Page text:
Sunday, March 1, 2015

Google’s Reconfigurable, See-Through HQ


Apple is building a massive spaceship-like ring around a private eden dotted with apricot trees. Facebook is working on a forest-topped hanger, reportedly with a single room big enough to house 3,400 workers. Now, we have our first glimpse of what Google’s envisioning for its own futuristic headquarters: A series of see-through, tent-like structures, draped in glass, whose interior workspaces can be reconfigured on a massive scale according to the company’s needs.

In a new video , Google showed off an ambitious proposal for a future North Bayshore campus in Mountain View. The concept was produced by the firms of Thomas Heatherwick and Bjarke Ingels, two of architecture’s fastest rising stars. Heatherwick Studio, based in the UK, was responsible for the torch at the London Olympics. The Bjarke Ingels Group, based in Denmark, is working on a trash-to-power plant in Copenhagen that will double as a ski slope.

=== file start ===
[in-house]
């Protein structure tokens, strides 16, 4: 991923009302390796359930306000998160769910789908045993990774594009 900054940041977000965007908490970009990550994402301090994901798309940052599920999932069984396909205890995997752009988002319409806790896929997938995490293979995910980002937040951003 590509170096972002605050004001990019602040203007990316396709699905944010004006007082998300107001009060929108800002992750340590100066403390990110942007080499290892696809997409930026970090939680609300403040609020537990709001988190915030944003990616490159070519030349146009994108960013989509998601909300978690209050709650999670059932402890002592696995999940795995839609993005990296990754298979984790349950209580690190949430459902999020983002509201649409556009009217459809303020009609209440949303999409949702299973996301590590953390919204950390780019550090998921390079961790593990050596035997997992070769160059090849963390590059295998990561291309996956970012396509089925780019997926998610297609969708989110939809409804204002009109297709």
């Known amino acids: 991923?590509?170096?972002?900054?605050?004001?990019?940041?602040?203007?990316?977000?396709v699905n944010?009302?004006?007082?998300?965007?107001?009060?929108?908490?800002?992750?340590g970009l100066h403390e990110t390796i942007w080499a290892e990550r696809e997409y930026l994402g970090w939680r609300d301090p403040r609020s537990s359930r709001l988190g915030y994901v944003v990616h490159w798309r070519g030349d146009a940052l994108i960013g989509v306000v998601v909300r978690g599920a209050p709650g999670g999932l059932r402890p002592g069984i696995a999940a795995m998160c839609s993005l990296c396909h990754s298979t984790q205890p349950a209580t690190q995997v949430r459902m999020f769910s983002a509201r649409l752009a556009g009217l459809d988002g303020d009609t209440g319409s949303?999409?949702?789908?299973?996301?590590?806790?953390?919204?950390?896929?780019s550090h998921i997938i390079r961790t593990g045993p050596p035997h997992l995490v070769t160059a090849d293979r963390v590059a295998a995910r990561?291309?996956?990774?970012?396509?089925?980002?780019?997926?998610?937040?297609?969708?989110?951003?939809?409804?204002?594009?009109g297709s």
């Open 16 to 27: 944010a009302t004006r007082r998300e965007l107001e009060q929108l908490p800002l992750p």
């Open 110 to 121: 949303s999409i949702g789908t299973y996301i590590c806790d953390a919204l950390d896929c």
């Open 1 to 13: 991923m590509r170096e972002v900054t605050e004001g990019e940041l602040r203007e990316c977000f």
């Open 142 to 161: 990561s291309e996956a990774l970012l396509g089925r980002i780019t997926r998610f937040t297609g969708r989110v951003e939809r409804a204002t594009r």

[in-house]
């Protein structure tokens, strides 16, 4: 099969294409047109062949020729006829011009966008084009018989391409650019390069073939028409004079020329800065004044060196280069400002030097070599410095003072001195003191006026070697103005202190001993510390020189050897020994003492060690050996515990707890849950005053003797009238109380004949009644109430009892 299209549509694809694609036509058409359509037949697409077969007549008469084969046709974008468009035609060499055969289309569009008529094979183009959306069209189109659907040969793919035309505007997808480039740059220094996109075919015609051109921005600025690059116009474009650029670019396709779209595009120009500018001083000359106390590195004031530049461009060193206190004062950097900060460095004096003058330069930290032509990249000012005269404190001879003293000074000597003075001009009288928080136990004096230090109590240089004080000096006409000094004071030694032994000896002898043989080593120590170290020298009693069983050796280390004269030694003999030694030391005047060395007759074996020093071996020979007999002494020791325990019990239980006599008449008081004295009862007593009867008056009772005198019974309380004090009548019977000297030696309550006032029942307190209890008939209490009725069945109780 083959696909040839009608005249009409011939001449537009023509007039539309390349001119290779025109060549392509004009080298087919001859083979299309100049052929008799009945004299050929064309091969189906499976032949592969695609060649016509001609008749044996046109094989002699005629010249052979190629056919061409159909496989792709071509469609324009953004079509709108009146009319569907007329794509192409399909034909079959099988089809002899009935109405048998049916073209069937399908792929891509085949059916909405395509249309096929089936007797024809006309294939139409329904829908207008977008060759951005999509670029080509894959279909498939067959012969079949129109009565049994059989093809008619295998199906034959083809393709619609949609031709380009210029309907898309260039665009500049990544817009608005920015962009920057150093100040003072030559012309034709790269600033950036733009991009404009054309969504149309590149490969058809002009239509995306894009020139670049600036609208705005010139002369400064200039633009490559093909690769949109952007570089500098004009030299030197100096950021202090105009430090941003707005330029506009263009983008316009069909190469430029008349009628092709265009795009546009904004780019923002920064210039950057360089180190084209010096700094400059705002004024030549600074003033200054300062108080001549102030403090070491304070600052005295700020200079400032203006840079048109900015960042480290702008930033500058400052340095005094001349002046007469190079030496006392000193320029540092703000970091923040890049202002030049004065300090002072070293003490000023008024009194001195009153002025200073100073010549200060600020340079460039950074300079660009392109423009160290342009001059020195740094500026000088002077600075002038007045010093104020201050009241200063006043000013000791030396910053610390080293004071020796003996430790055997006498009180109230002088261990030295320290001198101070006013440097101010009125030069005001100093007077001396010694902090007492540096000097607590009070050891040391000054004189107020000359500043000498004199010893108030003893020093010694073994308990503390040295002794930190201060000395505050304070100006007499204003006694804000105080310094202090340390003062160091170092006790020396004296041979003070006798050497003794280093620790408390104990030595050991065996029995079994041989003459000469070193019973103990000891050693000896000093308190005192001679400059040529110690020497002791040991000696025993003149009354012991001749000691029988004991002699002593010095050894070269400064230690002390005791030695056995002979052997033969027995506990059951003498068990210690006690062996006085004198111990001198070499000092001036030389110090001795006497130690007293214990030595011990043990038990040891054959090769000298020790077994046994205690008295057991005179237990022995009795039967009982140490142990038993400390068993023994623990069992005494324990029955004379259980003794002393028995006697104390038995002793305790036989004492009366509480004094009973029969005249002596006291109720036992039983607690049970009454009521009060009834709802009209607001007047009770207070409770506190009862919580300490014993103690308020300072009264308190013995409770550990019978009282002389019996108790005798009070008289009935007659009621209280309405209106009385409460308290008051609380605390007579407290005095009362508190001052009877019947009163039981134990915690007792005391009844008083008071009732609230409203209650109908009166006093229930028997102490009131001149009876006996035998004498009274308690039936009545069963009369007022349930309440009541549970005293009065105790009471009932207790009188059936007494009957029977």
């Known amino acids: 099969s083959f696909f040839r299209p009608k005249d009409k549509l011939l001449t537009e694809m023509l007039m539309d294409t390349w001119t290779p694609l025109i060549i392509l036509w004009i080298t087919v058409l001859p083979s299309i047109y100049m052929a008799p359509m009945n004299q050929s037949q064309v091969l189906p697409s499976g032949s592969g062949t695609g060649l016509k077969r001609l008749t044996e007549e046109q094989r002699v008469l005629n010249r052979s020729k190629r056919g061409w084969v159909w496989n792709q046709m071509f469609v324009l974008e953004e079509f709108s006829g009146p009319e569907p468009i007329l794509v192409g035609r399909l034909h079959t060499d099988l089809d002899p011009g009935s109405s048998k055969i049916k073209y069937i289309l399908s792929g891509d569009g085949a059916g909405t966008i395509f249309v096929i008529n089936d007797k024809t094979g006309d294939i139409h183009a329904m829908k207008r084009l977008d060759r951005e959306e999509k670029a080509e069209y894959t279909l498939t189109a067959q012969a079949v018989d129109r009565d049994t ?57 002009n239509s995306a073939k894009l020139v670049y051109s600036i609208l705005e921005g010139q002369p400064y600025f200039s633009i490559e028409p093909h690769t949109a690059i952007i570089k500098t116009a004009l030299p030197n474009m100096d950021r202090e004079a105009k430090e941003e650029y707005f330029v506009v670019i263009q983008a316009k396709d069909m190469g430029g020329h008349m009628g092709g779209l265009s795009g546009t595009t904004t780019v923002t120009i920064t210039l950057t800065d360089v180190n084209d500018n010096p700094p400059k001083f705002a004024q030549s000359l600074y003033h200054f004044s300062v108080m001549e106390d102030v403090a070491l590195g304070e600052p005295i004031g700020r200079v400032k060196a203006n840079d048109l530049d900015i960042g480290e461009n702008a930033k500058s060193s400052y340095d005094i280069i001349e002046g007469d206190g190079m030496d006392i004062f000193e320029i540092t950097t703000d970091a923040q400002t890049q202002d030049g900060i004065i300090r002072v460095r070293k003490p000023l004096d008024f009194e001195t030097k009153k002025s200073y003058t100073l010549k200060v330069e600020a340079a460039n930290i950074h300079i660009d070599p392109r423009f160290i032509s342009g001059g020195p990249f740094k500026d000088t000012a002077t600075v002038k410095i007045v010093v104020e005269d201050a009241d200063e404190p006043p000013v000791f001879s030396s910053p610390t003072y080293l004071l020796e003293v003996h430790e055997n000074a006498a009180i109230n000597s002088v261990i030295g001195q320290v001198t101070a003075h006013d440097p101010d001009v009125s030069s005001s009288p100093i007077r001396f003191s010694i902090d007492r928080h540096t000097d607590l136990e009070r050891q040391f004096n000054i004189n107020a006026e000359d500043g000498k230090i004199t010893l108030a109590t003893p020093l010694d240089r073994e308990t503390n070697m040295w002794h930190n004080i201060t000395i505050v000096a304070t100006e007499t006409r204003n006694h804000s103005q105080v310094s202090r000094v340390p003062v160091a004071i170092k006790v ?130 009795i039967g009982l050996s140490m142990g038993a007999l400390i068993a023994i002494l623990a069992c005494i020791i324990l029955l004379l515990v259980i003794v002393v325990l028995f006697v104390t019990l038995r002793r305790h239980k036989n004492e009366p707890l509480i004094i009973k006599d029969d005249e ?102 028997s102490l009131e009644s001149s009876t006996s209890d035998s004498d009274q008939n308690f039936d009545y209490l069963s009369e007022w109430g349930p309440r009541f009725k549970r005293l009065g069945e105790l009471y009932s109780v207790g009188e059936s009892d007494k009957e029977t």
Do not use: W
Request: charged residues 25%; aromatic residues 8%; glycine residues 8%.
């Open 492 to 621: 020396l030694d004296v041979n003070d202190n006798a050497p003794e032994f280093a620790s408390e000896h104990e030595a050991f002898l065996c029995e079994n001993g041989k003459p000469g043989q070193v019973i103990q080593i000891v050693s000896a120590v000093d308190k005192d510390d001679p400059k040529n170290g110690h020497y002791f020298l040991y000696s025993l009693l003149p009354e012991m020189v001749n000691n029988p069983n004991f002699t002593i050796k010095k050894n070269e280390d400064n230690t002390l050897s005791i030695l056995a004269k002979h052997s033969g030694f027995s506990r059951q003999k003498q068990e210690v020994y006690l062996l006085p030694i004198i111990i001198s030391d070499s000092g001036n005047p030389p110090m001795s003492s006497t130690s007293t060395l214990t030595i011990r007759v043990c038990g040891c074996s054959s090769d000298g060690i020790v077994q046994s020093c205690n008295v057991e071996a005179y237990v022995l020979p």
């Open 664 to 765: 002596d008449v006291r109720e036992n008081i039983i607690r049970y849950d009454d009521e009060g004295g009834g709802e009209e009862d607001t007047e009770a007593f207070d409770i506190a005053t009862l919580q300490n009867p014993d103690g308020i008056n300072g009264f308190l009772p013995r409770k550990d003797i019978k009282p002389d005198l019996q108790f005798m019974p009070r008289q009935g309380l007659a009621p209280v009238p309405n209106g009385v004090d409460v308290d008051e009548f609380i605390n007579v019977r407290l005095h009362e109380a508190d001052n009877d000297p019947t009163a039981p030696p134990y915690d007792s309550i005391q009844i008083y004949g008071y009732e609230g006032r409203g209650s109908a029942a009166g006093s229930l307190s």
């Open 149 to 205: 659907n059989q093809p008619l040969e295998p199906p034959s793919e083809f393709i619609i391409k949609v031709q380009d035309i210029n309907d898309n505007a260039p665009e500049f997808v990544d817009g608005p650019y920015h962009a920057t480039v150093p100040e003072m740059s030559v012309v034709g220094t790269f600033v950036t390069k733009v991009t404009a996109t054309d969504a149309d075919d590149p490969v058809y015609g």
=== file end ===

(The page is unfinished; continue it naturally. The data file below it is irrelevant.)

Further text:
The plan they came up with for Google is every bit as radical as one would expect. As Bjarke Ingels puts it, the structures proposed for the new campus would do away with rigid walls and roofs and instead “dissolve the building into a simple, super-transparent, ultra-light membrane.” Inside, giant layers could be stacked, Lincoln Log-style, into different work environments, using a fleet of small cranes and robots. Plant life is suffused throughout the campus, indoors and out.

The proposal will undoubtedly add to the on-going, often-contentious discussion around where today’s Silicon Valley giants reside—and where their employees live. Google already owns over 7 million square feet of office space in Mountain View, spread out over 80-some properties. It employs 15,000 people there. Its presence has been a tax windfall for the city of 80,000, but it’s also sent residential real estate prices soaring and contributed to nasty traffic.

The video touches on this topic, if vaguely, suggesting that the campus could serve not just Google but the public, too. It’s unclear what exactly that could mean at this stage, but if they’re serious about it, that could mark an interesting shift. In Cupertino, Apple is building a beautiful, seamless campus, hermetically sealed to all outsiders. Google, as it has in other areas in the past, seems to see value in a more open approach.